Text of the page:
For a real paradigm shift, check out this blog – (use this article for starters and then work your way around…)

http://schoolsmatter.blogspot.com/2009/06/350m-for-world-class-test-0-for-world.html

Cere

June 15th, 2009
12:24 pm

That said, we do need to get back to basics as indicated by Martina. It’s astounding what kids do not know – there are huge gaps in understanding geography, history and its relevance to today’s world, and current events.

Have you ever watched Jay Leno do his “Jay-Walking” schtick?

David S

June 15th, 2009
12:37 pm

Since all of you are so well educated that you feel confortable commenting on this piece, would one of you care to specifically cite what article or section of the US Constitution gives the Federal Government the right to involve itself in education?

Its not going to be possible to do that because there is no place that authorizes such activity.

This is just another feel good measure to funnel tons of cash into the hands of bureaucrats and test makers while doing nothing to improve education. The sooner parents wake up and realize that centrally controlled and managed ANYTHING is a failure, the sooner american can get the Federal Government out of the education business. The next step should be to get the states out of the business and to return all educational control to the parents and the free market.

The free market has been the greatest source of advancement and properity in the world’s history and government has been on the opposite end of that progress scale.

jim d

June 15th, 2009
1:10 pm

I’m not sure what they SHOULD look like but I am CERTAIN of what they will look like. (hammered on dog s_it)

It's Monday, so Maureen's bashing teachers

June 15th, 2009
1:23 pm

It’s Monday, so of course another column from Maureen “blame teachers first” Downey who whines that it sounds like she’s bashing teachers. Well if you don’t want to sound like you’re bashing teachers, stop bashing them.

No Maureen, most teachers aren’t complaining about students, they are, legitimately I might add, upset with the fact that they are being tasked with too often making up for deficits at home, without being given the authority to maintain the discipline needed to do so.

Of course you won’t address that, because then you couldn’t bash teachers.

jim d

June 15th, 2009
1:25 pm

Will we ever learn from our past?

http://www.crossroad.to/text/articles/tnmfobe1196.html

This is where we are headed folks. THINK about it!!

jim d

June 15th, 2009
1:32 pm

“How fortunate for leaders that men do not think.”

Adolf Hitler

jim d

June 15th, 2009
1:39 pm

the more i ponder the question the more certain i am that any national education standards will have to be minimal–robbing us even further of the most gifted students we have in this country.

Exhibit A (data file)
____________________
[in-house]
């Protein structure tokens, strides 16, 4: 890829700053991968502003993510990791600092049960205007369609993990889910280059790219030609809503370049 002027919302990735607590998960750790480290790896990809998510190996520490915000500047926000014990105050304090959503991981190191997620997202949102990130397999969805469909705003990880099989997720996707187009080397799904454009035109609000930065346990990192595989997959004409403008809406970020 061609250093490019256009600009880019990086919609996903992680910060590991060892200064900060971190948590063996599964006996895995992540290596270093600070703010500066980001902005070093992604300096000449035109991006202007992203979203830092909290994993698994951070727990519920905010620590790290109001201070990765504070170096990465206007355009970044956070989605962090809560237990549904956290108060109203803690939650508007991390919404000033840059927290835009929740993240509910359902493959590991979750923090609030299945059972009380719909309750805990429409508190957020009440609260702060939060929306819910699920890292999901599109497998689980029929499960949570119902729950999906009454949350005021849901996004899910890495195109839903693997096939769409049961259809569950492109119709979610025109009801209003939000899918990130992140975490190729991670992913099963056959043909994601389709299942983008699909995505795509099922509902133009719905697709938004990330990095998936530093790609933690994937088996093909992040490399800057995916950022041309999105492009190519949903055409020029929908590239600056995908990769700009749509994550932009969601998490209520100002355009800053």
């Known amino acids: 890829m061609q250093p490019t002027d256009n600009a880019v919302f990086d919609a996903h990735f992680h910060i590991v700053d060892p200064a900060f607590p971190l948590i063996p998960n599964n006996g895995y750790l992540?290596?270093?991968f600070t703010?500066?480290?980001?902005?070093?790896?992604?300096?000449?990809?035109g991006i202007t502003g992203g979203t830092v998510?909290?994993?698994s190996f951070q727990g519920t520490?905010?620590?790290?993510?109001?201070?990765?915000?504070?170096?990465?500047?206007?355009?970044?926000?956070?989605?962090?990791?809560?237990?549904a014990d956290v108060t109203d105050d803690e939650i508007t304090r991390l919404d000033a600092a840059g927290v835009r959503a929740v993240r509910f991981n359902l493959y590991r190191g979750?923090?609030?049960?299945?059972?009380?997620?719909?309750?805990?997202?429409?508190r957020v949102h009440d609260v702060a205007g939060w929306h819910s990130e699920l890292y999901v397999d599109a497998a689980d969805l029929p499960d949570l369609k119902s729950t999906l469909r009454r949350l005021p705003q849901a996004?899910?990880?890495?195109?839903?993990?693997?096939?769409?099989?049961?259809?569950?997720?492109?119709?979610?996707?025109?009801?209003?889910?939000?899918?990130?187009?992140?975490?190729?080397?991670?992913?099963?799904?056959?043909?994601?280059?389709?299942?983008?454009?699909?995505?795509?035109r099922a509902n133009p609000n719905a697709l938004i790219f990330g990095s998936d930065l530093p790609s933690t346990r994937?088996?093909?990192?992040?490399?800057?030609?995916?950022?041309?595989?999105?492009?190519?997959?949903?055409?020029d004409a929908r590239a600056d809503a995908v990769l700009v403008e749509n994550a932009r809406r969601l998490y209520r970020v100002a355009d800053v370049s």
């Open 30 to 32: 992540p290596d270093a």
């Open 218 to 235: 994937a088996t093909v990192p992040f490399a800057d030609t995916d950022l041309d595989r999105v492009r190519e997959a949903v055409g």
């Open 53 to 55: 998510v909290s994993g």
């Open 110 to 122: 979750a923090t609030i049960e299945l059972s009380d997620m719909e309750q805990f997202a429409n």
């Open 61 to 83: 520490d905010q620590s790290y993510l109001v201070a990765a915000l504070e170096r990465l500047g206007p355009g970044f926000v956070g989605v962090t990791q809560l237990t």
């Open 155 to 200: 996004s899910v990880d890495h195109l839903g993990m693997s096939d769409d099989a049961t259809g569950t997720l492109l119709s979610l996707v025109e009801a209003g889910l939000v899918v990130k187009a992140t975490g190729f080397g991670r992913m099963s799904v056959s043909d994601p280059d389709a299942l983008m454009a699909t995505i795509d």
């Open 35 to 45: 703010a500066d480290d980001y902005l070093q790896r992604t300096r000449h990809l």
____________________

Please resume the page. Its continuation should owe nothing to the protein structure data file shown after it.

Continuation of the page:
jim d

June 15th, 2009
1:43 pm

this could be serious Album graecum

dbow

June 15th, 2009
2:14 pm

Let’s not forget that states do not have to partake in any government sponsored education initiatives. Since the federal govt. has no real power all they do is wave money at the states or threaten to take away federal dollars. The states are so afraid of losing the pennies that the feds dole out that they never say no. Look it up if you don’t believe me. We do not have to abide by any federal education mandates, we just have to say no to their money.

jim d

June 15th, 2009
2:57 pm

dbow,

Their money? hmm. wasn’t aware they had any of their own, thought it was ours.

catlady

June 15th, 2009
2:59 pm

I believe we DO have to honor IDEA.

Classroom Teacher

June 15th, 2009
3:17 pm

catlady…those funds are separate from NCLB money.

Classroom Teacher

June 15th, 2009
3:17 pm

Enter your comments here

It's Monday, so Maureen's bashing teachers

June 15th, 2009
3:20 pm

irisheyes,

My apologies for stepping on your line about Mondays and Downey. I did not read your post before I posted, but glad to see that others see this as well. If you look at the AJC Conversation Starter blog with Ken Foskett last week, even he admits Downey and the rest of the board have never supported teachers in an editorial, and could offer no excuse for it.

Reality2

June 15th, 2009
4:48 pm

I think a common standards is a good thing.

David S.
This time around, it’s the governers who decided to join together to form a common standards, not a national standards. Duncan is willing to support those governors, so I don’t necessarily think it goes against the Constitution. On the other hand, I don’t see why we can’t amend the constitution. After all, it’s a 200+ years old documents, and I don’t see why we shouldn’t be modifying it to fit today’s society. But, I’m sure that is a whole different point of discussion.

It does cost money to create a good assessment instrument – specially if you want those items to be publicly released, etc. So, you can’t complain about how awful a test like CRCT is and then turn around and complain about how expensive it is to develop “just a test.”

Public school parent

June 15th, 2009
8:23 pm

While I see value in having more uniform standards in math so our Georgia high schoolers can return to taking real mathematics rather than this mish mash of Math du jour created by our own GA DOE educrats, I am concerned about creating even more standardized testing. More standardized testing means more “teaching to the test” and could lead to more scripted teaching.

In the meantime, GA should dump the CRCT and use the ITBS as our testing standard for AYP.

Cere